Button up your Canadian Tuxedo while we try some sours

Chevy Impola

Bing Crosby models the Canadian tuxedo the Levi-Strauss denim-maker presened to him in 1951.
Bing Crosby models the Canadian tuxedo the Levi-Strauss denim-maker presented to him in 1951.

Sick of quarantine, social distancing and bored with my own tedious company, I felt in need of some happy liquid, something light and refreshing to free me from the depressing reality of the pandemic and its subsequent paranoia.

A trip to the neighborhood liquor dispenser (yes, they are essential!) was in order, and there I found two bright ideas just waiting for me to come to their rescue.

First I must make a quick digression. In another time and at another place, I frequented a small distillery that made a delicious winter craft cocktail that they called a Canadian Tuxedo because one of the ingredients was maple syrup and Canada produces 71 percent of the world’s maple syrup.

But I was unfamiliar with the term Canadian tuxedo. I had to ask someone what it meant and was told that it refers to a suit of denim. Well, that’s a good one, as they say, but I wanted to know more.

How did a denim suit come to be known as a Canadian Tuxedo?

We can thank Bing Crosby for that. As the story goes, while on a Canadian hunting trip in 1951 Der Bingle attempted to rent a room at a glitzy Vancouver hotel while clad in denim jeans. He was refused a room until the management realized whom they were attempting to keep out of their hotel. When denim-make Levi Strauss heard that a hotel tried to give Bing the bum’s rush for wearing denim, they created a denim suit and presented it to the beloved singer, and the Canadian Tuxedo was born.

And that leads me to me first beverage, Wilderness Tuxedo, a raspberry sour ale from Bent Paddle Brewing of Duluth.

The can appears to be made out of a raspberry-colored flannel shirt (the wilderness tuxedo of the title). This is an American take on the traditional sour beer known as Berliner Weisse and infused with delicious raspberries.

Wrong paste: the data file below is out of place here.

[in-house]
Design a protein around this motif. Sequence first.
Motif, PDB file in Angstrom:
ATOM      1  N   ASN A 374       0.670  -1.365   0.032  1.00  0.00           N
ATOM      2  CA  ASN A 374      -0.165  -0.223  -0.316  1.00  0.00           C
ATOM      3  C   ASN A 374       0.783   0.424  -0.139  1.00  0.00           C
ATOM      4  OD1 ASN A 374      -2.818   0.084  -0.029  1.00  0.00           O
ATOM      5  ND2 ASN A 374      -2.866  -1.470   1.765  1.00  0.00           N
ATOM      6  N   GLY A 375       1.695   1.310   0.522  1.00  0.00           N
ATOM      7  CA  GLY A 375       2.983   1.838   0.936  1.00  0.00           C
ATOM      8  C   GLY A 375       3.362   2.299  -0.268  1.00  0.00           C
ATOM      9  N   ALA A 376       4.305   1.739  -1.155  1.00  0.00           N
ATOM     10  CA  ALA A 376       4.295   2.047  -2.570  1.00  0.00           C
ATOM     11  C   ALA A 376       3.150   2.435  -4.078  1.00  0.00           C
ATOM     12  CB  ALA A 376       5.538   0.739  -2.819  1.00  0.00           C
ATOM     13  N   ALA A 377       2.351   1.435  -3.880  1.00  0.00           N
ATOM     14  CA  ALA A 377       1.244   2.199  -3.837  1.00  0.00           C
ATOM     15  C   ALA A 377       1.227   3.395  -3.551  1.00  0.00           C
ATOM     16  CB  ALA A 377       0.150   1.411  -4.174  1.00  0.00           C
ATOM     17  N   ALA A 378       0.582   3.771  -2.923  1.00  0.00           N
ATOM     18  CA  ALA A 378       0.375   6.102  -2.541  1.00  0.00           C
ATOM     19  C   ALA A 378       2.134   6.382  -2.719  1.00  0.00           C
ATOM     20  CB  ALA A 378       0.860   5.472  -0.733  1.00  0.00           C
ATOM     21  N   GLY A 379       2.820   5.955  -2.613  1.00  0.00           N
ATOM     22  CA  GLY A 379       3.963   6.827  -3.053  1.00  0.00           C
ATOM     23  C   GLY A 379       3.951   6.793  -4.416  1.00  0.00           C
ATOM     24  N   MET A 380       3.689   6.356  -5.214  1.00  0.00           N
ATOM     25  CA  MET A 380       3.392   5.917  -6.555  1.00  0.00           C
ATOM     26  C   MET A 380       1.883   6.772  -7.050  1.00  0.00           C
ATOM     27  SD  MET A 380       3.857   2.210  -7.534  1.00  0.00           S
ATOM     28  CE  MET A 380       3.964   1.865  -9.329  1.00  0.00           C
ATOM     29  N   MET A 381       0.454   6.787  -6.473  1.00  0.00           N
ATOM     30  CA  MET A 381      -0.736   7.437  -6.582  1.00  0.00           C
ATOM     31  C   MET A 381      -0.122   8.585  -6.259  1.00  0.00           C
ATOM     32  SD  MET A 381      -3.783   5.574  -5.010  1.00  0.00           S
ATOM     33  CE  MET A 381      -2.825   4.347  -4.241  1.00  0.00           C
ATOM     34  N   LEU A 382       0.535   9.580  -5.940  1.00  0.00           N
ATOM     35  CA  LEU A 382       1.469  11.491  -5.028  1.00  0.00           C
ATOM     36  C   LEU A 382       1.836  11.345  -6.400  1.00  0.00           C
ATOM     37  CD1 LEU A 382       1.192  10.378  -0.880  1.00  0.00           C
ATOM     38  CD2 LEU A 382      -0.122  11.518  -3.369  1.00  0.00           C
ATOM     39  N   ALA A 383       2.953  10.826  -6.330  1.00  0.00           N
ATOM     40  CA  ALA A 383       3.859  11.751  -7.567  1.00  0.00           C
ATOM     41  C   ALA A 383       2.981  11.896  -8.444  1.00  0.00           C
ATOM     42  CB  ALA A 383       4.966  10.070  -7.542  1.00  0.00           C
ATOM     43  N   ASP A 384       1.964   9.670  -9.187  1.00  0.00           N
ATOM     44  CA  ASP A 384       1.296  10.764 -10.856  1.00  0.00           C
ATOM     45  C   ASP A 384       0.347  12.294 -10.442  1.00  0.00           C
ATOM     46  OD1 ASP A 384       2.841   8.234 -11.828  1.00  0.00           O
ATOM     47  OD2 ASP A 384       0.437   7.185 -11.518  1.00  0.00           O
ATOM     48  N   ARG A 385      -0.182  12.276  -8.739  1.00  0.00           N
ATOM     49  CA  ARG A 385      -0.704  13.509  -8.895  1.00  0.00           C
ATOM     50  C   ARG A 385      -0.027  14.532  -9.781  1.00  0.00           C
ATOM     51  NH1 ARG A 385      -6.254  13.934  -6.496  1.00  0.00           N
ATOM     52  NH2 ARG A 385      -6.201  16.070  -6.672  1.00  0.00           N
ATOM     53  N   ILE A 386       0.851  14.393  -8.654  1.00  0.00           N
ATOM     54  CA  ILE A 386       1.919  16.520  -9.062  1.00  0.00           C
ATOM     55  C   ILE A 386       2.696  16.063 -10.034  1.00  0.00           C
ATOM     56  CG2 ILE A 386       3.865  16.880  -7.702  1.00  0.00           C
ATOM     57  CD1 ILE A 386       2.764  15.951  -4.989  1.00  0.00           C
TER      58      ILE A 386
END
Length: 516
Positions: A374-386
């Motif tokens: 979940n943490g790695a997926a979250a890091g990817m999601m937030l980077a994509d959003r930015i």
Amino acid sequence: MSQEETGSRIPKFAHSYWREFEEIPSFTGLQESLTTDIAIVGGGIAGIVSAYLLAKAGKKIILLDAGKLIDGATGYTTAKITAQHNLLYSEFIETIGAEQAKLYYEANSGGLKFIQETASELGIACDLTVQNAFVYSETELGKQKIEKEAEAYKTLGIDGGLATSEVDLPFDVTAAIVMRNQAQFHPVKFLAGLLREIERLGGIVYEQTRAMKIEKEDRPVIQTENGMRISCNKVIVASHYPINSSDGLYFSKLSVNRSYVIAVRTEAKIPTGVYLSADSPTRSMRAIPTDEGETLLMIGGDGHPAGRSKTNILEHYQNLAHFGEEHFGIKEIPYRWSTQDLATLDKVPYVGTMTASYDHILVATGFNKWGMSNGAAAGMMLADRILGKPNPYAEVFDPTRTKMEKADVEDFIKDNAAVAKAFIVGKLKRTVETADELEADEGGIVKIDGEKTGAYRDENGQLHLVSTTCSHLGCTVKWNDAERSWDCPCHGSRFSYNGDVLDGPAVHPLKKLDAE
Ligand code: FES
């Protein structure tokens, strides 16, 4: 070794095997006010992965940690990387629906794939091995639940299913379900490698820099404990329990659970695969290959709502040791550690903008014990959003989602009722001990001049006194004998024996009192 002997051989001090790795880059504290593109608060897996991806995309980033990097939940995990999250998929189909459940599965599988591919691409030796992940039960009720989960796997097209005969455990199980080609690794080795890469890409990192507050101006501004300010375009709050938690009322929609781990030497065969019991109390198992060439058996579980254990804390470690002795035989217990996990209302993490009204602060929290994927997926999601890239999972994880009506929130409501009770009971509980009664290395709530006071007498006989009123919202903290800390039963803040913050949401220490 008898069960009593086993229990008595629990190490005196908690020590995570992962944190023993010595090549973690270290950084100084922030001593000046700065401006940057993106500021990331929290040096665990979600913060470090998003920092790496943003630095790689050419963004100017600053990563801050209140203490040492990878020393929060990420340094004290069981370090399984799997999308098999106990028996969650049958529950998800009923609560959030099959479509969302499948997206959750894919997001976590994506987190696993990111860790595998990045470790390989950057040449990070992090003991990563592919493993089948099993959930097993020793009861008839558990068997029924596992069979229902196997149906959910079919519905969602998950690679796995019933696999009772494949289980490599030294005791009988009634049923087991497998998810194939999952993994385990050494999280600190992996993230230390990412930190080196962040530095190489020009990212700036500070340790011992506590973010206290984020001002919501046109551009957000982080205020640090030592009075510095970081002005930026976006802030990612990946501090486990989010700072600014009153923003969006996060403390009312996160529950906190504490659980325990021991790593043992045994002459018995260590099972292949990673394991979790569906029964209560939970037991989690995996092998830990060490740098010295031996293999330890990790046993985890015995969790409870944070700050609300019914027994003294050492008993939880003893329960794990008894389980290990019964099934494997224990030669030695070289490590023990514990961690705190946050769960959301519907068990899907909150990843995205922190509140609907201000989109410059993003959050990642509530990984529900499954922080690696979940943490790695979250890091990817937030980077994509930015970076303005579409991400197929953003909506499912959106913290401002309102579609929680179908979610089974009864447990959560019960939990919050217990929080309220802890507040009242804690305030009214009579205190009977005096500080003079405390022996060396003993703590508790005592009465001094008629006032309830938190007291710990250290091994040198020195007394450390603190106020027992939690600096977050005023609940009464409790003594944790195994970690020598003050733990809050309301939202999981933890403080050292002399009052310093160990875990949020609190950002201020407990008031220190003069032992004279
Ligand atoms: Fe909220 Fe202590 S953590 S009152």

Light and tart, this tasty 4.4 percent ale is just what the doctor ordered. Bent Paddle has a whole series of Wilderness Tuxedo beers with a variety of flavors that include passion fruit (known as lillikoi in Hawaii), mango and guava and a combo of berry flavors (rasp, blue, black and boysen), as well as an imperial with pineapple and blackberry.

I look forward to trying them all.

BP also does a Wilderness Tuxedo with cucumber and lime, but my other purchase was Chill Vibes, a sour ale brewed with cucumber essence, from Boulevard Brewing of Kansas City, Mo.

Now I know both of these are considered summery beers and I was drinking them in the early days of spring (even though it still looked and felt like winter outside), but, dammit, this is just what I needed.

The cucumber in Chill Vibes is undeniable, so you really have to be a cuke fan to like this beer. And I am. If you usually take cucumbers in your salad, try drinking this alongside and I feel it will meet our daily cuke requirements.

Again, this is a sour wheat ale, also on the low alcohol side at 4.5 percent (that’s actually high for a traditional Berliner Weisse weighs in at about 3 percent.

Cheers to sours and the inventive minds that pair them with unusual taste sensations!